When you perform the multiplication on the right and equate coefficients of z^{-n} on the two sides of the equation, you find that

y_{n}=\sum_{k=0}^{n}h_{k}x_{n-k} (13)

The summation on the right is called the convolution of the h_{n} and x_{n} sequence. This equation shows why the system function and the impulse response are so important. Suppose the input is x_{n}=z^{n} so that the n^{th} input is the n^{th} power of the complex number z. According to eq. 13, the output is then

y_{n}=\sum_{k=0}^{n}h_{k}z^{n-k}=z^{n}\sum_{k=0}^{n}h_{k}z^{-k}=z^{n}H_{n}(z) (14)

The output is the same as the input multiplied by the function H_{n}(z) which looks like the system function H(z). It is not quite the same since the summation only goes to n whereas the system function summation goes to infinity, as defined in equation 10.

But we are only interested in stable filters for which |z|\leq 1 and the terms in the impulse response, h_{n}, decrease with increasing n so that H_{n}(z) becomes closer and closer to H(z) as n increases, and in the limit H_{\infty}(z)=H(z). This means that after the filter has been running for awhile, its output for the input x_{n}=z^{n} will, to a good approximation, be y_{n}=z^{n}H(z). The filter simply multiplies the input by the factor H(z) to get the output.

For inputs of the form x_{n}=z^{n} the system function tells you all you need to know about what the output will be. One important class of inputs of this form occurs when z=e^{j\theta} and x_{n}=e^{jn\theta}=\cos n\theta+j\sin n\theta. The x_{n} are points on the unit circle in the complex plane (we are using j=\sqrt{-1} which is the more common convention in engineering work). An example of such a sequence is shown in figure 1.

Figure 1: Sequence of points on the unit circle.

As the index n increases, the points x_{n} move around the unit circle in angular steps of size \theta. The angle \theta acts as a dimensionless frequency. To see how this can be related to a real frequency, recall that a periodic function of time, u(t+T)=u(t), can be expressed as a Fourier series which is a weighted sum of the complex exponentials e^{j2\pi kt/T}. When the function is sampled at intervals \Delta t then the complex exponentials become e^{j2\pi kn\Delta t/T}=e^{jn\theta} where \theta=2\pi k\Delta t/T=2\pi f_{k}/s, f_{k}=k/T, k=\ldots-1,0,1,\ldots, and s=1/\Delta t is the sampling rate.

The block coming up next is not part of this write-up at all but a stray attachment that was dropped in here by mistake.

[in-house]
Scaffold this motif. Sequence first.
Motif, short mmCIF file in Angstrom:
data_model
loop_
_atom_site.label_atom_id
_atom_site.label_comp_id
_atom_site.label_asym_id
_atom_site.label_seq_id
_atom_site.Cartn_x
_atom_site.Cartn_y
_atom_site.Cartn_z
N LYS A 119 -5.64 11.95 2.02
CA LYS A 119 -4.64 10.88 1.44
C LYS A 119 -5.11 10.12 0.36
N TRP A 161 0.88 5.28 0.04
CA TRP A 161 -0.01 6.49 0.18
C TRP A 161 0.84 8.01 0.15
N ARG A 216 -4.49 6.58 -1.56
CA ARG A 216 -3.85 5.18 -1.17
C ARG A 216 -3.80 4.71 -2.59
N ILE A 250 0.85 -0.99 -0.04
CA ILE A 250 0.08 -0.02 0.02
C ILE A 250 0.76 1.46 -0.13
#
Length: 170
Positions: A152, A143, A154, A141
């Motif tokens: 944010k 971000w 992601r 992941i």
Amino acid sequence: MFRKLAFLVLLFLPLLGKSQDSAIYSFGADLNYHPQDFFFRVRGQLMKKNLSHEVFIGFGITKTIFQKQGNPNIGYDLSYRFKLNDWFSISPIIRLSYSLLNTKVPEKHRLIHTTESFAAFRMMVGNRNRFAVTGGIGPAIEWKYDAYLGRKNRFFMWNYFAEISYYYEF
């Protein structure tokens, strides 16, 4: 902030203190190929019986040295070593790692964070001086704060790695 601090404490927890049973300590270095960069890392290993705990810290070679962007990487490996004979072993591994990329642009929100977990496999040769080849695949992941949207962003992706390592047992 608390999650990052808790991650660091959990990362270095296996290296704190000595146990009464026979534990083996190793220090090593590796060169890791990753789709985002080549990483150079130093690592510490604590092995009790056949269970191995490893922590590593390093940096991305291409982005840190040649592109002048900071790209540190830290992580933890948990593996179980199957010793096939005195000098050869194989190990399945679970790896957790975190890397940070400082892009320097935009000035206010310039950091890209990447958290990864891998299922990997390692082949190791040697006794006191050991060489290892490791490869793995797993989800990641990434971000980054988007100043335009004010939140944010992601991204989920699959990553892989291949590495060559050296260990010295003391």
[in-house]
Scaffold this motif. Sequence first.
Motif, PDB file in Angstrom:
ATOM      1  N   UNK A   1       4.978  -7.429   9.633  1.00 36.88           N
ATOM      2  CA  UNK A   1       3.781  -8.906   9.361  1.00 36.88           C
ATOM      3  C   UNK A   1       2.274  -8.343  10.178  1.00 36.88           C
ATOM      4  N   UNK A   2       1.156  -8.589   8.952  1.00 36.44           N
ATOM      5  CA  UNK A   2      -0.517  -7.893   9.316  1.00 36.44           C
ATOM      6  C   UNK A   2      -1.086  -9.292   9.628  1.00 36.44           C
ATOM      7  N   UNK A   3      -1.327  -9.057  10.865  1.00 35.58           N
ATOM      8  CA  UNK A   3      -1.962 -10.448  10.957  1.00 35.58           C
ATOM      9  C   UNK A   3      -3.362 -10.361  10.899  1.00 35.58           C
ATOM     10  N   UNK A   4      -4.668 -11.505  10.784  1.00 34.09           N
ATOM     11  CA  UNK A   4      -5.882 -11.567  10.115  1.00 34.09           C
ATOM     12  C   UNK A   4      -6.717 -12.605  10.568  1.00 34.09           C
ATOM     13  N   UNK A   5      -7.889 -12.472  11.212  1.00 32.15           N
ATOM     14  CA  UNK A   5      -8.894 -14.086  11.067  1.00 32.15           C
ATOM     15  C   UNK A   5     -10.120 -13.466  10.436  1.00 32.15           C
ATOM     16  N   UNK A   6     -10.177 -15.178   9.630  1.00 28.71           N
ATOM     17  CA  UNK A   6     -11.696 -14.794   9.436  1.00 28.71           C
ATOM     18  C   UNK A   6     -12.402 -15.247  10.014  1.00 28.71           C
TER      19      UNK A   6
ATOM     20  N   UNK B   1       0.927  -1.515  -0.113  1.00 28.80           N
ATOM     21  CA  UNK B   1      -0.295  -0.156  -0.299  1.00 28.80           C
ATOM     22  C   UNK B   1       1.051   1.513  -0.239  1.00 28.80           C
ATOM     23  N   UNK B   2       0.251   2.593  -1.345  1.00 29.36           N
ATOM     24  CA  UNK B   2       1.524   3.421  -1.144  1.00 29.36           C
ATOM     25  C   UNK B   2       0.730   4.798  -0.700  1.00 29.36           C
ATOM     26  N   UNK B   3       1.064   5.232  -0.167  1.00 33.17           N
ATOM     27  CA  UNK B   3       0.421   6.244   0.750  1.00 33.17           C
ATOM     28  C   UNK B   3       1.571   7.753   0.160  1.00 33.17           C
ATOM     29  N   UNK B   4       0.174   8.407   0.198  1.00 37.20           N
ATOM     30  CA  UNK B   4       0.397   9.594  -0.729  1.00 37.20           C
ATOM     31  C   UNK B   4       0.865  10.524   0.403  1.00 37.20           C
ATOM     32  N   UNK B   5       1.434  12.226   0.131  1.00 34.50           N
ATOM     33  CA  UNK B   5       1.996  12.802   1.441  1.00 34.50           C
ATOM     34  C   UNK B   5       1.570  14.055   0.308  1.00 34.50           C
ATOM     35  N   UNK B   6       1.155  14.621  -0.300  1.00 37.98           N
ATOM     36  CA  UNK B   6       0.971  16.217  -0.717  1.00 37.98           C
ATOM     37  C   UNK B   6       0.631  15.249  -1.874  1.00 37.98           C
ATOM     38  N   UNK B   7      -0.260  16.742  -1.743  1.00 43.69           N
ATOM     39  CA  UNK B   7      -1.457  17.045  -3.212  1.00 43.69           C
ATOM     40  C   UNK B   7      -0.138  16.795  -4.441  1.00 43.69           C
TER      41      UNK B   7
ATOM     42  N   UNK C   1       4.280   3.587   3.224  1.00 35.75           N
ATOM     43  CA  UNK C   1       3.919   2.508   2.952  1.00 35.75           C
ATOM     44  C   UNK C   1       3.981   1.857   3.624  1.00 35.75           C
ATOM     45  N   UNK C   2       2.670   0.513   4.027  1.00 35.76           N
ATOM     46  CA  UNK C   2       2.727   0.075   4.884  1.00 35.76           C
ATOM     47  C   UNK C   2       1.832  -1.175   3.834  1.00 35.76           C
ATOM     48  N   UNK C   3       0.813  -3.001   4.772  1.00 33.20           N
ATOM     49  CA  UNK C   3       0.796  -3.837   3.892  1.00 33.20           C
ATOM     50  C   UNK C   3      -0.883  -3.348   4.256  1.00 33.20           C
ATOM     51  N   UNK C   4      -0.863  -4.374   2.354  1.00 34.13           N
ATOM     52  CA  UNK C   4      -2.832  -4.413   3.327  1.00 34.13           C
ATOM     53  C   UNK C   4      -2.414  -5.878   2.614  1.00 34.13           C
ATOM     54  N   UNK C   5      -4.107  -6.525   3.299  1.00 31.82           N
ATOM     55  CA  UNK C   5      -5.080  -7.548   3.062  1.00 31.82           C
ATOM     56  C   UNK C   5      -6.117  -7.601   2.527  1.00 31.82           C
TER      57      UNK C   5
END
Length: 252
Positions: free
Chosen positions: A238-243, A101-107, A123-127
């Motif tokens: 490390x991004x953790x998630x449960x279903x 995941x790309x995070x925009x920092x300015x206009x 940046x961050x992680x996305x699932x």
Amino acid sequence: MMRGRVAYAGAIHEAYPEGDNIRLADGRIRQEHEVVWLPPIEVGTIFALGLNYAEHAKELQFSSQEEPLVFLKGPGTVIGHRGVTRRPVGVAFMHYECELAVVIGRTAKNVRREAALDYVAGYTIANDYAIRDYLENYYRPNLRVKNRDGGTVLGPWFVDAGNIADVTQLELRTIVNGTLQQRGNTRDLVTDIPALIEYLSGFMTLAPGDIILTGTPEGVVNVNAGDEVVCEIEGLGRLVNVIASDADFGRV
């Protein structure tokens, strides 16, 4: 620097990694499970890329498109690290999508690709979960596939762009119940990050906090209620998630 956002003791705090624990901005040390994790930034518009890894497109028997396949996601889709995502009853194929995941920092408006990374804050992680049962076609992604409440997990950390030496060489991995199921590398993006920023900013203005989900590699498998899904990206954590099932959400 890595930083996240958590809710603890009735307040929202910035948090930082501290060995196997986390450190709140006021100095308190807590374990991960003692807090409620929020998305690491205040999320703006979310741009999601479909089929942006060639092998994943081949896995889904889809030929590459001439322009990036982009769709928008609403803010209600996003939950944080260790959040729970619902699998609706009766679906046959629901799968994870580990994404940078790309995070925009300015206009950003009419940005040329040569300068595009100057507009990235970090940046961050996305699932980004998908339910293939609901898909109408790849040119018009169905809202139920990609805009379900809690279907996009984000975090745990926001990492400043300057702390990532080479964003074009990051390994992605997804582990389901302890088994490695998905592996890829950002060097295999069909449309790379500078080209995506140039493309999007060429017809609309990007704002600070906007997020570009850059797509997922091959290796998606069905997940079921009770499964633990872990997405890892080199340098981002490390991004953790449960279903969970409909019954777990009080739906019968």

The value of H(e^{j\theta}) as \theta ranges from 0 to 2\pi or -\pi to \pi is the frequency response of the filter. In polar form it can be written as follows

H(e^{j\theta})=|H(e^{j\theta})|e^{j\Phi} (15)

The magnitude |H(e^{j\theta})| measures how much the filter amplifies or attenuates the input x_{n}=e^{jn\theta} and the phase \Phi measures how much the filter shifts its phase.

Since the value of H(e^{j\theta}) will generally be complex, we need to represent H(z) in the complex plane. The simplest way to do that is with a pole-zero plot. H(z) will be a rational function of two polynomials as shown in eq. 9. The poles of H(z) are those values of z where H(z) goes to infinity. These values are the roots of the denominator polynomial, and z=\infty if the numerator degree is greater than the denominator degree. The zeros of H(z) are those values of z where H(z) is zero. These values are the roots of the numerator polynomial, and z=\infty if the denominator degree is greater than the numerator degree. A pole-zero plot of H(z) simply shows the location of the poles and zeros in the complex plane along with the unit circle. Poles are represented by a filled circle “\bullet”, and zeros by an unfilled circle “\circ”.

Let the the zeros of H(z) be a_{i}e^{j\theta_{i}}, i=1,2,\ldots,M, and the poles be b_{i}e^{j\phi_{i}}, i=1,2,\ldots,N, then H(z) can be written as

{j\phi_{i}})} (16)

In eq. 9 the coefficients of the numerator and denominator polynomial are real. For the filters we will consider, this will always be true. This means that complex poles or zeros must come in conjugate pairs. If ae^{j\theta} is a complex zero then there must be another zero equal to ae^{-j\theta} and likewise for poles.

Substituting z=e^{j\theta} into equation 16 and taking the magnitude and phase gives the following equations

{2})}{\prod_{i=1}^{N}(1-2b_{i}\cos(\theta-\phi_{i})+b_{i}^{2})} (17)
\cos\theta-b_{i}\cos\phi_{i}} (18)

The following sections will show how these equations are used.